‘A regular person?’ No more. School board members are entwined in DeSantis’ complex political arena
Families protesting potential mask mandates in Florida. Credit: Octavio Jones/Getty Images
About two weeks ago, Brevard County school board member Jennifer Jenkins got a call from U.S. Rep. Charlie Crist’s gubernatorial campaign. It was about a potential running mate for Crist.
“They gave me a call and asked me if I would be willing to be placed on that list and considered, and, of course, I was super humbly grateful and — you know, if I’m being honest, I legitimately responded with ‘Why?'” she told the Florida Phoenix. “You know, I am just a regular person in my mind.”
This past week, Jenkins’ name appeared in a Politico article along with 17 other potential candidates on Crist’s list for Florida’s lieutenant governor. Crist, a former Republican governor, is running as a Democrat. He also served as Commissioner of Education.
But the days of being a “regular person” on a school board are essentially gone, swept up in new political wedge issues ranging from COVID-19 masks to what children can say about certain topics at public schools.
In an unusual move, Gov. Ron DeSantis has endorsed candidates in 10 local school board races, showcasing that the dynamics between state elected officials and elected school board members are getting increasingly close and complex.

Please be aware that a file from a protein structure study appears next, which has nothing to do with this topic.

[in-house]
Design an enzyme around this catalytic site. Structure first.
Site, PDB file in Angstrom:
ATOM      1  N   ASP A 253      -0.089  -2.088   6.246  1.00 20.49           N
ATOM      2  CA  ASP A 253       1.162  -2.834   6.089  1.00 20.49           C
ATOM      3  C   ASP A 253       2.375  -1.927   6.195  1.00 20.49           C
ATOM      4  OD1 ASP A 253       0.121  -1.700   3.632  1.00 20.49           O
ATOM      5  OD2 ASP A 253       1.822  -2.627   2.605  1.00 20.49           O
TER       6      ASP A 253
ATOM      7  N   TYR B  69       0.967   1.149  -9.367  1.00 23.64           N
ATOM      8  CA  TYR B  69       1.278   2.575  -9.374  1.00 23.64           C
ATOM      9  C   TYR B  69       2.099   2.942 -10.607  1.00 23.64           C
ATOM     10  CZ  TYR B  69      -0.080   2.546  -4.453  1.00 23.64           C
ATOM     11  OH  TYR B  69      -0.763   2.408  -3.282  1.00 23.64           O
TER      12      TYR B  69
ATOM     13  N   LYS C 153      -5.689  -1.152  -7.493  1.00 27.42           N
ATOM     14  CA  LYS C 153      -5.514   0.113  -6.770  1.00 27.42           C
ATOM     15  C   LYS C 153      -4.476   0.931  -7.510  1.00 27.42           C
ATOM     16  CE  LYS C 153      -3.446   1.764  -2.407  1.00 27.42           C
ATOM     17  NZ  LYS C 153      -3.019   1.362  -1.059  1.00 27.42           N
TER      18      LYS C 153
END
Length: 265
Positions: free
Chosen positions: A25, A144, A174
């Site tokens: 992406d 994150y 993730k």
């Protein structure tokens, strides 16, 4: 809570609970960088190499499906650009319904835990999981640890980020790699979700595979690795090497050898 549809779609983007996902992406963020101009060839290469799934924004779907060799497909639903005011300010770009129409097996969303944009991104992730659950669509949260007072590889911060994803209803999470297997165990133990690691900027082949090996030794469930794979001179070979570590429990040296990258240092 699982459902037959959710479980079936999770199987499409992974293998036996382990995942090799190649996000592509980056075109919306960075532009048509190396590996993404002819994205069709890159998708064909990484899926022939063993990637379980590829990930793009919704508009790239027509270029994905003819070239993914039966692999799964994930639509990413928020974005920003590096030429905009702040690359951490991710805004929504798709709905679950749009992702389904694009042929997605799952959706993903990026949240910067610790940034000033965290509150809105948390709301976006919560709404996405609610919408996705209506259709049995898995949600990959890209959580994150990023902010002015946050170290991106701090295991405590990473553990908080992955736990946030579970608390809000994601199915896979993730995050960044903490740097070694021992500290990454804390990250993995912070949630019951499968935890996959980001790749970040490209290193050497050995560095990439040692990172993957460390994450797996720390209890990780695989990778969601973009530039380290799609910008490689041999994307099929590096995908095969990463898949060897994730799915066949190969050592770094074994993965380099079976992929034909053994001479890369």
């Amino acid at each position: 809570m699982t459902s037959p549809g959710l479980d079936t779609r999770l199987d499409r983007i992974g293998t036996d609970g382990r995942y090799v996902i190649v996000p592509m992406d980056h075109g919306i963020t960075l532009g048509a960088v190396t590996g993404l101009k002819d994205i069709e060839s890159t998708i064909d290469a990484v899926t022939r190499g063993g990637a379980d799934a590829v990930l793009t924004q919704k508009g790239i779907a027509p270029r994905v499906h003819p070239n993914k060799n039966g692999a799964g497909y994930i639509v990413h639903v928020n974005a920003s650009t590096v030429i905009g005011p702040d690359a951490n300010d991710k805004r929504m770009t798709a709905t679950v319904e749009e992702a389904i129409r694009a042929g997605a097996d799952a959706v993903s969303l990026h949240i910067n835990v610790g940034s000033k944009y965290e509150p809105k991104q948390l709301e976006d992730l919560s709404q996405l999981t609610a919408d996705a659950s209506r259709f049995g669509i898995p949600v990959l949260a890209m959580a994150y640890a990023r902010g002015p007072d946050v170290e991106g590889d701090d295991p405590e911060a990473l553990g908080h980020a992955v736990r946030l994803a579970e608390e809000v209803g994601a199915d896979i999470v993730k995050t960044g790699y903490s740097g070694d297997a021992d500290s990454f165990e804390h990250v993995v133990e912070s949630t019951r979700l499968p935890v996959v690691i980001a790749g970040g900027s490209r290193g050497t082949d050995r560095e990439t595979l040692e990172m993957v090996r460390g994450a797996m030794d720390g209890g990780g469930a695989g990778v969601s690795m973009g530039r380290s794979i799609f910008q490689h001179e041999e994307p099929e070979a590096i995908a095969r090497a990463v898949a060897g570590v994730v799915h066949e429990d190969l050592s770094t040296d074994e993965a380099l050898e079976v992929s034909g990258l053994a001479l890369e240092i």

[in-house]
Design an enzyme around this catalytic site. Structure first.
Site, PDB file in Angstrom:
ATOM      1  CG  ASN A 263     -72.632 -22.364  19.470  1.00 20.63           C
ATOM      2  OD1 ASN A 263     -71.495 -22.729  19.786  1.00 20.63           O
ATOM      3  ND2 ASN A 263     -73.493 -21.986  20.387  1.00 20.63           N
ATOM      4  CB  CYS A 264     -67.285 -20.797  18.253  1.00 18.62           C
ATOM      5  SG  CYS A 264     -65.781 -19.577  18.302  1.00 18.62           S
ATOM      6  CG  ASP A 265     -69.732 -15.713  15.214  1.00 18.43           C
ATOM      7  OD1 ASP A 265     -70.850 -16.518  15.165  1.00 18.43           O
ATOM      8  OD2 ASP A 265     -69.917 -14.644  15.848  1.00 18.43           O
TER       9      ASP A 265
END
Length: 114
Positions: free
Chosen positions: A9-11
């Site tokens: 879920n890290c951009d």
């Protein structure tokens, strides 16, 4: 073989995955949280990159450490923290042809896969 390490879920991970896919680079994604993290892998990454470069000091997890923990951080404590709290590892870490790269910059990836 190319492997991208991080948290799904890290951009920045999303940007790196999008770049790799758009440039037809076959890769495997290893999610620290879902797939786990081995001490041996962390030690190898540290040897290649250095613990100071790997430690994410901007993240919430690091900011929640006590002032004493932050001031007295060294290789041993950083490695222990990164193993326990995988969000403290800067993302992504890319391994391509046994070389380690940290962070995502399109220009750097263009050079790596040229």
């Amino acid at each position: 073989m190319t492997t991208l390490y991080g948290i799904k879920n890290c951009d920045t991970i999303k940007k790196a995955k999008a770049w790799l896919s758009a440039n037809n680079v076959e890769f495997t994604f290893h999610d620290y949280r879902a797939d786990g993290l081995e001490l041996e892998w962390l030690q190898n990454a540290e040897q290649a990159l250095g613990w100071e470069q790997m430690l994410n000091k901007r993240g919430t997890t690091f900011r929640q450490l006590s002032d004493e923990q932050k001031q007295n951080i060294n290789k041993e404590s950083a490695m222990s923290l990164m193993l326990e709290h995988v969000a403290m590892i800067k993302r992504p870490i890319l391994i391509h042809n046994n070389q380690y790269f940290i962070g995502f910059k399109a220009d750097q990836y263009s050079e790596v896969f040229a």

Earlier this week, DeSantis’s Twitter page posted the endorsements, attempting to wield his influence on school board races in Alachua, Brevard, Duval, Hillsborough, Miami-Dade, Sarasota, and Volusia counties. Those were school districts that clashed with the executive branch over decisions affecting millions of students in Florida.
Andrea Messina, chief executive officer of the Florida School Boards Association, said it was the “first time” the organization has seen a governor endorse candidates in local school board elections.
“For some time now, the governor has been very clear that he is interested in local school board elections and he was going to play a role. So it’s not unexpected,” Messina said.
She said that endorsements for school board members have come from a variety of sources.
“It [a school board endorsement] has changed over the years, certainly. Fellow locals, fellow elected officials would do it. Citizens, prominent citizens. Sometimes industry leaders. You know, it evolves over time. As more and more segments of the population become interested and involved in public school issues and governance and races, then you start to see more types of endorsements coming out,” she said.